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The face of the Tri-Cities is changing. New census survey tells how

Pasco remains Washington’s fastest-growing city, according to census figures released this month. The results of the 12016 American Community Survey confirm the Tri-Cities is growing in numbers and contain a few surprises as well. The release comes as the U.S. Census Bureau prepares for the 2020 census.
Pasco remains Washington’s fastest-growing city, according to census figures released this month. The results of the 12016 American Community Survey confirm the Tri-Cities is growing in numbers and contain a few surprises as well. The release comes as the U.S. Census Bureau prepares for the 2020 census. Tri-City Herald

Pasco is still the fastest growth city in the state.

A new batch of numbers from the U.S. Census Bureau adds fresh dimension to the demographic make up of the Tri-Cities.

The government released the 2016 American Community Survey results this month. The numbers, which hint at the formal census in 2020, confirm the Tri-Cities are growing — not just in population but in ethnic, educational and economic diversity.

The mini census confirms the obvious — Pasco’s growth continues at breakneck speed and Latinos represent a growing share of the population on both sides of the Columbia River.

It also offers unexpected glimpses at other forms of diversity.

Pasco recorded a small but statistically significant increase in its Pacific Islander/Native Hawaiian population and a significant drop in the rate of births to unmarried women, falling from 78 births per 1,000 five years ago to 59.

And Kennewick had a noticeable increase in the share of widowed women.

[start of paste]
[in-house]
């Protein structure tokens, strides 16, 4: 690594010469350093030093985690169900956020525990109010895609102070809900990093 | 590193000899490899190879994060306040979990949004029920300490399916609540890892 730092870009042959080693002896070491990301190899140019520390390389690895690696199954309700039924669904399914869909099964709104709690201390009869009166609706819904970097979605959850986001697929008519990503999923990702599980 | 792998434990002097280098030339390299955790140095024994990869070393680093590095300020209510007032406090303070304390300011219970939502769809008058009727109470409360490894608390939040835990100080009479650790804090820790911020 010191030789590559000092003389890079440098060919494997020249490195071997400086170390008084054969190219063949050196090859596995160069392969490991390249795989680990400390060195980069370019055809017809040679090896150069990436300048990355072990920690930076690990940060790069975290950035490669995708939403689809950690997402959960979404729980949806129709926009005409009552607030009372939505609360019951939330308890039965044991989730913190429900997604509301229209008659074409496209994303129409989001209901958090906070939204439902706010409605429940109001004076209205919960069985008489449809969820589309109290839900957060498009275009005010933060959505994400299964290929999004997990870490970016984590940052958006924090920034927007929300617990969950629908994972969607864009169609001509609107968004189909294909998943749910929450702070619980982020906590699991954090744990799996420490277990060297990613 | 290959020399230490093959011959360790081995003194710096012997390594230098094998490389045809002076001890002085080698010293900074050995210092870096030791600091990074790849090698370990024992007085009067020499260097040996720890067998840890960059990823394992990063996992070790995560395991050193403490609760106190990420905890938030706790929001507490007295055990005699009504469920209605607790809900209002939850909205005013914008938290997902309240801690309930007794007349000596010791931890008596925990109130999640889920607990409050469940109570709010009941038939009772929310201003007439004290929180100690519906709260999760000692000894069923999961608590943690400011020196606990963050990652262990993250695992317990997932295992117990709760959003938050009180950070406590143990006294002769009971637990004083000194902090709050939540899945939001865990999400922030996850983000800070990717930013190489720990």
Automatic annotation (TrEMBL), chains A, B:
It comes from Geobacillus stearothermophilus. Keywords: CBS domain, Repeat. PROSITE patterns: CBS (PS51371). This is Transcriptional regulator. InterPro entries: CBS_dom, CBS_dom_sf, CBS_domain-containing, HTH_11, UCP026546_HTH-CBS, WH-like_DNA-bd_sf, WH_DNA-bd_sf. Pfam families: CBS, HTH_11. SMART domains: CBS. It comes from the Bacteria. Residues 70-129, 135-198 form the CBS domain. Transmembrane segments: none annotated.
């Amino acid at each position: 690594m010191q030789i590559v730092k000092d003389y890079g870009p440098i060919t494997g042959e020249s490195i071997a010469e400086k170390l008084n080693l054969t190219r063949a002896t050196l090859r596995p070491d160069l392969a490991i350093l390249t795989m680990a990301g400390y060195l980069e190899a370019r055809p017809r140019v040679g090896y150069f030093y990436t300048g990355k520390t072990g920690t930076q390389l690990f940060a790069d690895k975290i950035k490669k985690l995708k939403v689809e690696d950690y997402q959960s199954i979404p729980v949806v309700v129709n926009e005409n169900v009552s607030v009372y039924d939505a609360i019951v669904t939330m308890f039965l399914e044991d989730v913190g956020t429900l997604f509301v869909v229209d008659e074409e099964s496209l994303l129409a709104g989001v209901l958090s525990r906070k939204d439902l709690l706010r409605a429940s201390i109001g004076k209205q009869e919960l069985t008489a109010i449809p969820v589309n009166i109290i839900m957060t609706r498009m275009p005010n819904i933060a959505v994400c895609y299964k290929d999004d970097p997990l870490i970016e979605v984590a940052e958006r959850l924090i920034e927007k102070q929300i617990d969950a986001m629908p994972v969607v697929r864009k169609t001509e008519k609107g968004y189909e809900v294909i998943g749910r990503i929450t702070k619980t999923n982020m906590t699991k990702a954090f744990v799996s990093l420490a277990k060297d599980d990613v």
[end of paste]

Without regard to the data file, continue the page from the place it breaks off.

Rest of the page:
The American Community Survey is an ongoing survey of 3.5 million households. Results are published annually. The 2016 survey came out this month.

The survey comes with a big caveat. The bureau releases data for communities with 65,000 or more people. The cutoff excluded Richland and West Richland. To compensate, the Herald is using data for the Richland School District, which includes both cities.

Combined, Richland and West Richland are the oldest in the Tri-Cities, the most female and most educated.

Pasco retains the title of Washington’s fastest growing large city, gaining nearly 8,000 people since 2012 for a total of 71,934. Its 12.3 percent growth rate narrowly edged out Bellevue (11.8 percent) and Seattle (11 percent).

Pasco retains the title of the state’s fastest growing large city (12.2%), gaining nearly 8,000 people since 2012. Bellevue grew 11.8 percent and Seattle 11 percent.

Richland and West Richland grew by a combined 9.6 percent, landing at 73,504.

Kennewick grew almost 6 percent and remains the Mid-Columbia’s largest city with nearly 80,500.

The Tri-City total population grew to almost 284,000. A jump of nearly 6 percent.

Men account for 50.3 percent of the population and women 49.7. Nearly 70 percent of all residents are of voting age and the median age is about 33 1/2.

Tri-Citians are just over 61 percent non-Hispanic white, 31 percent Latino, 2 percent Asian and 2 percent black or African American.

The median home value was $199,000.

The census data is particularly timely for Kennewick and Pasco, which are wrestling with diversity and growth.

Kennewick

Kennewick formed a diversity commission last year after a council member inflamed the Latino community with a Facebook meme many considered offensive. The commission is scheduled Oct. 10 to recommend ways the city can improve communications with its increasingly diverse community.

The commission was disappointed to receive just 750 responses to its well-publicized survey, a result members say highlights the disconnect between residents and local government.